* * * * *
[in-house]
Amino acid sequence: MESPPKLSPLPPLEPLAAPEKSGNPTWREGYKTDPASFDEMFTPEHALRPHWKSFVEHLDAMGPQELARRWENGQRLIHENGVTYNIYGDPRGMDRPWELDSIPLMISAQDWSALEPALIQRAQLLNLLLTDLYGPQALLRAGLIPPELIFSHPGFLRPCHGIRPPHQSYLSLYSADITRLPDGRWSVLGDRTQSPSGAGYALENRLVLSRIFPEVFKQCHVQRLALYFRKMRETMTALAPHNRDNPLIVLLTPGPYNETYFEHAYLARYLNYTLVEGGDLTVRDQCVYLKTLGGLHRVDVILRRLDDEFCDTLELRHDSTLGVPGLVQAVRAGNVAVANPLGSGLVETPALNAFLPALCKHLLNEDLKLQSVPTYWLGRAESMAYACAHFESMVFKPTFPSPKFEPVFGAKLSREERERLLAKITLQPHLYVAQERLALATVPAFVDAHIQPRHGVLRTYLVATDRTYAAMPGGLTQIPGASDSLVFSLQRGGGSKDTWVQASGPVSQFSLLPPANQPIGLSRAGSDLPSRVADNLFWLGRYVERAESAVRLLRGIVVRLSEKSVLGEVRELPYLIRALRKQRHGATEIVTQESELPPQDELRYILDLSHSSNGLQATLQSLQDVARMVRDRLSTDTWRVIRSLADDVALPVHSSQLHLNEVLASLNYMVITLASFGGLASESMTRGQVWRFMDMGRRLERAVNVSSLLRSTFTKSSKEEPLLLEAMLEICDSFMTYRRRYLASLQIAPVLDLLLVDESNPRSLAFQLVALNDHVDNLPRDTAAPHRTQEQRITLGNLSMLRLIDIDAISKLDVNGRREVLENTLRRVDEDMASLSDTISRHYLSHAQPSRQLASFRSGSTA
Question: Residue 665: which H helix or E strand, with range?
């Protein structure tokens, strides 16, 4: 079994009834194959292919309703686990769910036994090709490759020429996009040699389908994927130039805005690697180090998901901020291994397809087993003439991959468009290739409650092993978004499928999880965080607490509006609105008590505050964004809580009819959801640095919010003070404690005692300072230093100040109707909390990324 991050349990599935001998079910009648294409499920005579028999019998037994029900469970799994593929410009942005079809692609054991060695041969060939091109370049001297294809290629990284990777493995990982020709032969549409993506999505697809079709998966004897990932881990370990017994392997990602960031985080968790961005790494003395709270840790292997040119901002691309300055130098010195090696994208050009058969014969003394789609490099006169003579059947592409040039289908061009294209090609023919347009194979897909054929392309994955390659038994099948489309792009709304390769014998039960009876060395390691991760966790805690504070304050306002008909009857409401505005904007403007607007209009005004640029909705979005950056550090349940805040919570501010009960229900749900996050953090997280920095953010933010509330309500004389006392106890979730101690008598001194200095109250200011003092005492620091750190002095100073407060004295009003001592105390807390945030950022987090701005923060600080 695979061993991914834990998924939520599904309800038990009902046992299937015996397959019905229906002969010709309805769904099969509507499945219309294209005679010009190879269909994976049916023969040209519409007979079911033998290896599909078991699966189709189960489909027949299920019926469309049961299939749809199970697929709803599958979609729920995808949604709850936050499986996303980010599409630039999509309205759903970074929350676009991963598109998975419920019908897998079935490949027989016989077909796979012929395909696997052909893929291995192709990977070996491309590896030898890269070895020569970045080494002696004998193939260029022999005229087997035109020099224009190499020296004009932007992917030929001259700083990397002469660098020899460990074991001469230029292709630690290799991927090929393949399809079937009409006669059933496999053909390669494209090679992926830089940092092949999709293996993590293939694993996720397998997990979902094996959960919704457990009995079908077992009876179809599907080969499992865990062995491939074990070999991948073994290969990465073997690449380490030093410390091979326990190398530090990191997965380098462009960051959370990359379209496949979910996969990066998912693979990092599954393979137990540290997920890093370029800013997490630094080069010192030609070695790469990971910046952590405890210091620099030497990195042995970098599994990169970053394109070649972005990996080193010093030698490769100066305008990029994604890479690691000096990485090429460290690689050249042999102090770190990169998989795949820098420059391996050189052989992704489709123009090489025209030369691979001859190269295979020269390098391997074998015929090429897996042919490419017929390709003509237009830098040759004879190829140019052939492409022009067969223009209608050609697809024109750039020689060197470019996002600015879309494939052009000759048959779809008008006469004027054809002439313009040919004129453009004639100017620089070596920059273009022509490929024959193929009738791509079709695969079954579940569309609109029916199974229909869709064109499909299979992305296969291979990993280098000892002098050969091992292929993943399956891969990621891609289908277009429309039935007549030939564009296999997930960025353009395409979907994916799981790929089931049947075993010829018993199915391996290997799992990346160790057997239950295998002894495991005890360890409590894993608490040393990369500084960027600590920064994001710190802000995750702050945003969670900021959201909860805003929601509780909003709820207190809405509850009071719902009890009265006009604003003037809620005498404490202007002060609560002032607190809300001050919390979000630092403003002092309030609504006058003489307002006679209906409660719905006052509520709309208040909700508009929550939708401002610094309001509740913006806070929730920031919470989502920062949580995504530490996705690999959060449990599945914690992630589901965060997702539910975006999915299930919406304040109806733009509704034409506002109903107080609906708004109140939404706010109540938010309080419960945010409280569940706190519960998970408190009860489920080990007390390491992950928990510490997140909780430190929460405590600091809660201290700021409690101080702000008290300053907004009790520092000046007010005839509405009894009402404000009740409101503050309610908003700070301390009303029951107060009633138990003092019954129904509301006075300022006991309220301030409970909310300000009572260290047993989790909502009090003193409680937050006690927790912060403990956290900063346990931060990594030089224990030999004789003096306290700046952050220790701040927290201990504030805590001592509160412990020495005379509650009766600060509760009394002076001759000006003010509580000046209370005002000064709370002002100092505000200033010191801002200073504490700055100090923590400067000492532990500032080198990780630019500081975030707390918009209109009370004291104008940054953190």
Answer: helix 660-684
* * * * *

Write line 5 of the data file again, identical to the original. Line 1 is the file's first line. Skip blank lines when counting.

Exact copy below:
Answer: helix 660-684